PMI (or MIP on FHA loans) is usually worth your money if it lets you buy a home sooner. Almost all mortgage programs with less than 20 percent down require mortgage insurance. As a result, mortgage insurance is popular with home buyers who don’t want to wait years to save up a huge down payment. Remember, you do not have to pay PMI for the life of the loan. You can remove it or refinance out of it later on.

Does a second mortgage also require PMI?

Getting a second mortgage, such as a home equity loan or a home equity line of credit, should not require additional PMI payments. PMI applies only to your home’s original lien. In fact, a second mortgage can even help you avoid PMI by covering a portion of your down payment on a home purchase, via the 80-10-10 piggyback mortgage option.

Do USDA or VA loans require PMI?

USDA loans require their own brand of mortgage insurance. It tends to be less expensive than the FHA’s MIP requirements. VA loans do not require any ongoing mortgage insurance. VA borrowers do pay an upfront VA funding fee. Only active-duty military members and veterans can use a VA loan.

How is LTV calculated?

You can find your loan-to-value ratio by dividing your current mortgage balance by your property value and then multiplying that answer by 100. For example, if you owe $175,000 and your house is worth $200,000, you’d divide $175,000 by $200,000 to get 0.875. Multiply that answer by 100 and you’ll have your LTV: 87.5 percent. The owner of this house would need to pay the mortgage’s principal balance down to $160,000 to achieve an LTV of 80 percent, which is low enough to request PMI cancellation on a conventional loan.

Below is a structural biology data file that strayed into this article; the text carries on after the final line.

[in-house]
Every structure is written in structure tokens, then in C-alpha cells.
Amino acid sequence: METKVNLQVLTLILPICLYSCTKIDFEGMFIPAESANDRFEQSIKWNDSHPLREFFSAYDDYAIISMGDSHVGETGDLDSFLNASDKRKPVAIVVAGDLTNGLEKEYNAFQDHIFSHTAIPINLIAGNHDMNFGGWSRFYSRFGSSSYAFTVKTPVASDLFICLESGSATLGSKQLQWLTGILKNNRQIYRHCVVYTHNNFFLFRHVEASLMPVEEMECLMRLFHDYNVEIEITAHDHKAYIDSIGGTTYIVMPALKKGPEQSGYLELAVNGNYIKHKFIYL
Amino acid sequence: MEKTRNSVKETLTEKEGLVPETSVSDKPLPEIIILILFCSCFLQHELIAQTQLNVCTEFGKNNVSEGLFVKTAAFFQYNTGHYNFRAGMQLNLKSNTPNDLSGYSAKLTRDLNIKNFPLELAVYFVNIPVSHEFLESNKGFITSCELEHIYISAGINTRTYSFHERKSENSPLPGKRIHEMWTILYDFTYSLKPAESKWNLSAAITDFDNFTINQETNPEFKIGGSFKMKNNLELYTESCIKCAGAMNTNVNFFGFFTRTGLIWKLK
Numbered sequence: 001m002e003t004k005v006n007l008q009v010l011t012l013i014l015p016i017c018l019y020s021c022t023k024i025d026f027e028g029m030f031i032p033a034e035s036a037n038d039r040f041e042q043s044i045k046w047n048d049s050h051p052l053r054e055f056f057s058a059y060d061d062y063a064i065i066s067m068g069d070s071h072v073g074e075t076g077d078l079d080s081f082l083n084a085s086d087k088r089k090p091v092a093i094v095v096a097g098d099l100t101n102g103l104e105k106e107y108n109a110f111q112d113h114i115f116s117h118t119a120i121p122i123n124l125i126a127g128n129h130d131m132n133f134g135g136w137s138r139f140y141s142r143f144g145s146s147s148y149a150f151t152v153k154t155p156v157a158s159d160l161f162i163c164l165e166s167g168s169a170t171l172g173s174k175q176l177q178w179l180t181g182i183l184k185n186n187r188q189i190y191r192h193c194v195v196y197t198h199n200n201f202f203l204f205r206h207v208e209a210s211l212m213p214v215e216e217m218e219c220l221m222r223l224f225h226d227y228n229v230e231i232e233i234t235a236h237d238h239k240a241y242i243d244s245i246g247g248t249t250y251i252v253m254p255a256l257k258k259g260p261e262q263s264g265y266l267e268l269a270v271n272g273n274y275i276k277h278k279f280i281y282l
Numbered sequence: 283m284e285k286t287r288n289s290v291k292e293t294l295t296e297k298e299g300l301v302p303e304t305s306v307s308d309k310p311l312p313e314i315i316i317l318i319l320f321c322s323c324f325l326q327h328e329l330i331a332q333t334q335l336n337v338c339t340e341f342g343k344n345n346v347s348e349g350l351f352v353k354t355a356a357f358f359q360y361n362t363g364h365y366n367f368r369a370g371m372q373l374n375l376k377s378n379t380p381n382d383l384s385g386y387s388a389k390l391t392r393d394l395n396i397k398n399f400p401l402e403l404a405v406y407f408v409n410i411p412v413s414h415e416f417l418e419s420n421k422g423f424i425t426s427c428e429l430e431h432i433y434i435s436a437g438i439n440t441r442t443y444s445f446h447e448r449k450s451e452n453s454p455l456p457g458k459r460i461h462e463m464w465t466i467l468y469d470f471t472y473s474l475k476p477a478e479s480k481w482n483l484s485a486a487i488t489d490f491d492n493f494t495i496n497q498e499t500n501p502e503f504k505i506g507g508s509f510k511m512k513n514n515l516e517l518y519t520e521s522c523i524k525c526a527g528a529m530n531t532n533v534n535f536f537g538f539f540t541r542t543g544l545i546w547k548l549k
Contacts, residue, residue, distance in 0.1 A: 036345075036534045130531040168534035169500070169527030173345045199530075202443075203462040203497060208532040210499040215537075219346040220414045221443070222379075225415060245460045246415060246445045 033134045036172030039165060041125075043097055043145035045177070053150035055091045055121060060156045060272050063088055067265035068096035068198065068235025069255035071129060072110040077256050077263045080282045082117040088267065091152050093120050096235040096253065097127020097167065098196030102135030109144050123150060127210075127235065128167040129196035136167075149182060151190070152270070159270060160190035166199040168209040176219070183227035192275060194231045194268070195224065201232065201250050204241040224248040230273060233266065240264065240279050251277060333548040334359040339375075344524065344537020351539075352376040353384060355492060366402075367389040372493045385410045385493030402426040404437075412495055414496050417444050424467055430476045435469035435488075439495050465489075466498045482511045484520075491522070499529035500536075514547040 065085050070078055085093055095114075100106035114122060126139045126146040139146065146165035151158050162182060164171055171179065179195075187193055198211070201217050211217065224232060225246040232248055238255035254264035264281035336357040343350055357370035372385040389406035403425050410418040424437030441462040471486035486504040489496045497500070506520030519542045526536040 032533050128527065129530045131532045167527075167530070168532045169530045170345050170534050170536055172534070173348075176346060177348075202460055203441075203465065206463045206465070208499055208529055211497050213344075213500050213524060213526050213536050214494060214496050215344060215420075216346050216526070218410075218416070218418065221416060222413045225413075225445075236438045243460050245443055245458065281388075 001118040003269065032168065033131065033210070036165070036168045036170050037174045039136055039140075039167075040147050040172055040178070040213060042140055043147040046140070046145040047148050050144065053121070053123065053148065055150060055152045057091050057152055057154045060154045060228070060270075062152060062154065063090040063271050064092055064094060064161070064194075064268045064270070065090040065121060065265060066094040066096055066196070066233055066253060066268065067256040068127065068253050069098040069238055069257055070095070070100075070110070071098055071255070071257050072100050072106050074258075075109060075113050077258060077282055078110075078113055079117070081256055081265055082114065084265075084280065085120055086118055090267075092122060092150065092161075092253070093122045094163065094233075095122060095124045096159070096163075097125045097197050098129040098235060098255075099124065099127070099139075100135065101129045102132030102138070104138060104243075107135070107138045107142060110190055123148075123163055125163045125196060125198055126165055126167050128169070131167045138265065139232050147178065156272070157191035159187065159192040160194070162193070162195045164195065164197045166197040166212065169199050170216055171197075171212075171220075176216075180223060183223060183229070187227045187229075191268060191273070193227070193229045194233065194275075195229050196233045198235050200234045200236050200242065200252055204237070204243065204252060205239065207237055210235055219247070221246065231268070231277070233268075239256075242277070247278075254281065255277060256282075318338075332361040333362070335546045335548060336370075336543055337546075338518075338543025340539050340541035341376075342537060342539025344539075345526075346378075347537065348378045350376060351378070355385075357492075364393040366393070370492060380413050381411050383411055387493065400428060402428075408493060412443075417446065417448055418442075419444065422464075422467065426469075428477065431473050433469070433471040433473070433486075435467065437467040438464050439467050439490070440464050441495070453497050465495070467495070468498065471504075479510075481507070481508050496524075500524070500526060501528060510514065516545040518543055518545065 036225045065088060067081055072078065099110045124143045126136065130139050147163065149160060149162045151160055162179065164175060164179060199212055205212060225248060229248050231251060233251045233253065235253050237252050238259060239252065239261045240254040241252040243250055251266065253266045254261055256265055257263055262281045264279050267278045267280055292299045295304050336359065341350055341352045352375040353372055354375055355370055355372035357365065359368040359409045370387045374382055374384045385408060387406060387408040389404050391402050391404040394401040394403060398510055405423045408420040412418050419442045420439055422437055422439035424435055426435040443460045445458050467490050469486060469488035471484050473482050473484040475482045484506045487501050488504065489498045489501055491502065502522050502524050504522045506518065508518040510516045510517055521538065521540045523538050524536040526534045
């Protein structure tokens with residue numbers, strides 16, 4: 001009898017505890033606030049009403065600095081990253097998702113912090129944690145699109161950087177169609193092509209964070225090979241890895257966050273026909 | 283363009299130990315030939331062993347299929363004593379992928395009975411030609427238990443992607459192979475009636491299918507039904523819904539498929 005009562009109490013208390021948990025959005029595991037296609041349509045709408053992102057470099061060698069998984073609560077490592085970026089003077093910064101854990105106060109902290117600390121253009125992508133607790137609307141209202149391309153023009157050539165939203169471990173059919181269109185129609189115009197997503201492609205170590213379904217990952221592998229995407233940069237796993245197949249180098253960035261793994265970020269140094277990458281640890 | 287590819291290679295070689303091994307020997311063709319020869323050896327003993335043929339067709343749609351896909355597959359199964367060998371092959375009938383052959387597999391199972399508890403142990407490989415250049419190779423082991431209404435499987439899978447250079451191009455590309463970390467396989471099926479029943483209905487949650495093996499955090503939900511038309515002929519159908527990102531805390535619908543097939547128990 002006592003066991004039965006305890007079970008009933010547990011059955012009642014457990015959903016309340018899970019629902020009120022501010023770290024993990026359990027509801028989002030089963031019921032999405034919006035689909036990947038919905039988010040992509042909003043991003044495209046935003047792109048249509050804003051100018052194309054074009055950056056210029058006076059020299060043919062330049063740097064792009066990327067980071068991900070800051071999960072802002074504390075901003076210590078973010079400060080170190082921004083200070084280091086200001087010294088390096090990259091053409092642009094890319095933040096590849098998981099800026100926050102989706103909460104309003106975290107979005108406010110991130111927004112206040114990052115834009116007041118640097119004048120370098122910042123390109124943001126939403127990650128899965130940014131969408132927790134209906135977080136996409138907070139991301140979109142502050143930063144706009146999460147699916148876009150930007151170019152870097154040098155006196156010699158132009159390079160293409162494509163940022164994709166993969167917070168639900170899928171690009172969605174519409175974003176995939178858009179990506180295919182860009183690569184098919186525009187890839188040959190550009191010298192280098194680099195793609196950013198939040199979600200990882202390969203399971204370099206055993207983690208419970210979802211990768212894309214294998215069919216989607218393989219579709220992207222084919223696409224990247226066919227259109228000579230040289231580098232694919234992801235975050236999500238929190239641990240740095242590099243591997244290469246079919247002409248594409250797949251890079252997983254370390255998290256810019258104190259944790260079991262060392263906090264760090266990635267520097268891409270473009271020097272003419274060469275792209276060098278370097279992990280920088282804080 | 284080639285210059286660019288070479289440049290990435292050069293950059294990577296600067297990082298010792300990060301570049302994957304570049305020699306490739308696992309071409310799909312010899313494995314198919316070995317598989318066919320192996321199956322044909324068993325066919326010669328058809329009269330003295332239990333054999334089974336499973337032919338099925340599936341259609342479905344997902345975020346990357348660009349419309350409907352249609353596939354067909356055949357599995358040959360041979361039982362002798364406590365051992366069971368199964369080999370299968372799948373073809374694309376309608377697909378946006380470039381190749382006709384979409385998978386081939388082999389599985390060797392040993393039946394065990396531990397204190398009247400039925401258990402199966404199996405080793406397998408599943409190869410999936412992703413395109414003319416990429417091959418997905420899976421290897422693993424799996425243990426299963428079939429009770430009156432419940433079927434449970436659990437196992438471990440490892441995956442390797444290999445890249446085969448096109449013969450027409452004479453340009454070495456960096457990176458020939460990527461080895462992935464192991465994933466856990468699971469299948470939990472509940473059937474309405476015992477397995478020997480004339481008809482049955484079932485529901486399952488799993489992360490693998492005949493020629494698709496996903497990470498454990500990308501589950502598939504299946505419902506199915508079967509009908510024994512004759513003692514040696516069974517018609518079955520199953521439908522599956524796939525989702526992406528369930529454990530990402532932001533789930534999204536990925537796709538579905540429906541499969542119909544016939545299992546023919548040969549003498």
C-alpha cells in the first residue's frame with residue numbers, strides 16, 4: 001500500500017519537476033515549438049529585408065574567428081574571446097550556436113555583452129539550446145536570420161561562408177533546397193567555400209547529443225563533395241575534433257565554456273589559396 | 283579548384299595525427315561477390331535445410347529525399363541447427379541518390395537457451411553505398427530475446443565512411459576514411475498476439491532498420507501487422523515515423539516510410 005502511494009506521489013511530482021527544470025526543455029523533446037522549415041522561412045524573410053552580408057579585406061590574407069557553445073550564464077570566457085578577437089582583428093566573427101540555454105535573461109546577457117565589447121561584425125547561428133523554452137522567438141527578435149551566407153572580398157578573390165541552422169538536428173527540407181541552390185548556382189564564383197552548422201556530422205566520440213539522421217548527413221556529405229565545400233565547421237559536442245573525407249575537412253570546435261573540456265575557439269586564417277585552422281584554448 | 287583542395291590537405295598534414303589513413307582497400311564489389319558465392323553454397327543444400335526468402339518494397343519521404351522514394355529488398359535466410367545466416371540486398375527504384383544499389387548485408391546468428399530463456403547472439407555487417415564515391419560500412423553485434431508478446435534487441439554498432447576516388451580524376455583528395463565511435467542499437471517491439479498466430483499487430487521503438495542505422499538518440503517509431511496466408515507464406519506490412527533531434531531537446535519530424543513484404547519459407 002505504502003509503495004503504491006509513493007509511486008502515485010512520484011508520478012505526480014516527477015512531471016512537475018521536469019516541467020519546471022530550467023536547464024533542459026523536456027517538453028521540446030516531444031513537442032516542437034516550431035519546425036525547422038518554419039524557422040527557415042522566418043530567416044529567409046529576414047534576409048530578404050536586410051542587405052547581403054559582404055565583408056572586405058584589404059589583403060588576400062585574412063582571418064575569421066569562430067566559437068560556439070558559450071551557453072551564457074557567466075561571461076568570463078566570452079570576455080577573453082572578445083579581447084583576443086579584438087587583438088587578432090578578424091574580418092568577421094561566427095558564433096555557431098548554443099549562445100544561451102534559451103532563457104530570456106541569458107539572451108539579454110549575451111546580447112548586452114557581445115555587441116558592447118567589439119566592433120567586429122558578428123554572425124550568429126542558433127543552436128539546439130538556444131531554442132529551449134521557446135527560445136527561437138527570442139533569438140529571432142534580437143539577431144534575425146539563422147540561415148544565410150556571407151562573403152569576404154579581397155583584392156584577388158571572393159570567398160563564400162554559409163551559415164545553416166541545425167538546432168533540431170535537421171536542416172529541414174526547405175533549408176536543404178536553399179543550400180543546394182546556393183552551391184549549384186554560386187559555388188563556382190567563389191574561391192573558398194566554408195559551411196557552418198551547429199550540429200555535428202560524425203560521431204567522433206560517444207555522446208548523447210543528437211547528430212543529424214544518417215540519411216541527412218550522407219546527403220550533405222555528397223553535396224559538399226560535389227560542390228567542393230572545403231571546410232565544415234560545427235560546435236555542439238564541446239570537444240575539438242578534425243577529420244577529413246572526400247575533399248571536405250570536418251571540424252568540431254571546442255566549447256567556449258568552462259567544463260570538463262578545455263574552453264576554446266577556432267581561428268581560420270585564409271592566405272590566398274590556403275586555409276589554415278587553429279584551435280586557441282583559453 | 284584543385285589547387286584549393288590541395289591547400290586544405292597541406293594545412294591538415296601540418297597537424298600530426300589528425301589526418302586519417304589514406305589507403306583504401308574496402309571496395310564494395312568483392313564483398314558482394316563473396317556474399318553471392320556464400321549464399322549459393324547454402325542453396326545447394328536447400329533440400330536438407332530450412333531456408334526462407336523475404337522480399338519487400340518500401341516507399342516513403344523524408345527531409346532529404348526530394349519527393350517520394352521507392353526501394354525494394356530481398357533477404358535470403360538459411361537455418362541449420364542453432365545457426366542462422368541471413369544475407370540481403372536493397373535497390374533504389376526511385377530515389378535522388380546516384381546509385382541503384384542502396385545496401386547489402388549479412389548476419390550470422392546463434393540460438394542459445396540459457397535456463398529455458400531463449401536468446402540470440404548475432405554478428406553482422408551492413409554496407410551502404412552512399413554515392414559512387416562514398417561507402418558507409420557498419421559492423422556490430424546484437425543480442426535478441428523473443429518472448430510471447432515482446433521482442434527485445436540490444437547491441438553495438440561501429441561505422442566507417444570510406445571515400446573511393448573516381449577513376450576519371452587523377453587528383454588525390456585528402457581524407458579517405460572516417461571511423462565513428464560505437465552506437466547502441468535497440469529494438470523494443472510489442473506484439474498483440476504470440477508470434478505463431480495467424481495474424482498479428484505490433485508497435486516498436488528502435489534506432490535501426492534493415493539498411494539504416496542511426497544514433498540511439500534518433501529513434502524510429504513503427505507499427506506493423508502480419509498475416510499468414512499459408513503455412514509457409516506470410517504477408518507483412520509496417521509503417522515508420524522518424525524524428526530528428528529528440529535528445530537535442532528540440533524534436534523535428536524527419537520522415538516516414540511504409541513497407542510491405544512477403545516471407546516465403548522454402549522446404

Check your refinance eligibility

Refinancing to get rid of PMI can cut your mortgage costs by a large margin and save money for months or years to come. In addition to dropping mortgage insurance, you could potentially lower your rate and save on interest over the life of the loan.

Erik J. Martin
Authored By: Erik J. Martin
The Mortgage Reports contributor
Erik J. Martin has written on real estate, business, tech and other topics for Reader's Digest, AARP The Magazine, and The Chicago Tribune.
Ryan Tronier
Updated By: Ryan Tronier
The Mortgage Reports Editor
Ryan Tronier is a personal finance writer and editor. His work has been published on NBC, ABC, USATODAY, Yahoo Finance, MSN Money, and more. Ryan is the former managing editor of the finance website Sapling, as well as the former personal finance editor at Slickdeals.
Jon Meyer
Reviewed By: Jon Meyer
The Mortgage Reports Expert Reviewer
Jon Meyer is a licensed mortgage loan officer (NMLS #1590010) with over five years in the lending industry. He currently works as a loan officer at Supreme Lending in Mill Valley, CA (NMLS #2129) and as an expert adviser for The Mortgage Reports’ editorial team.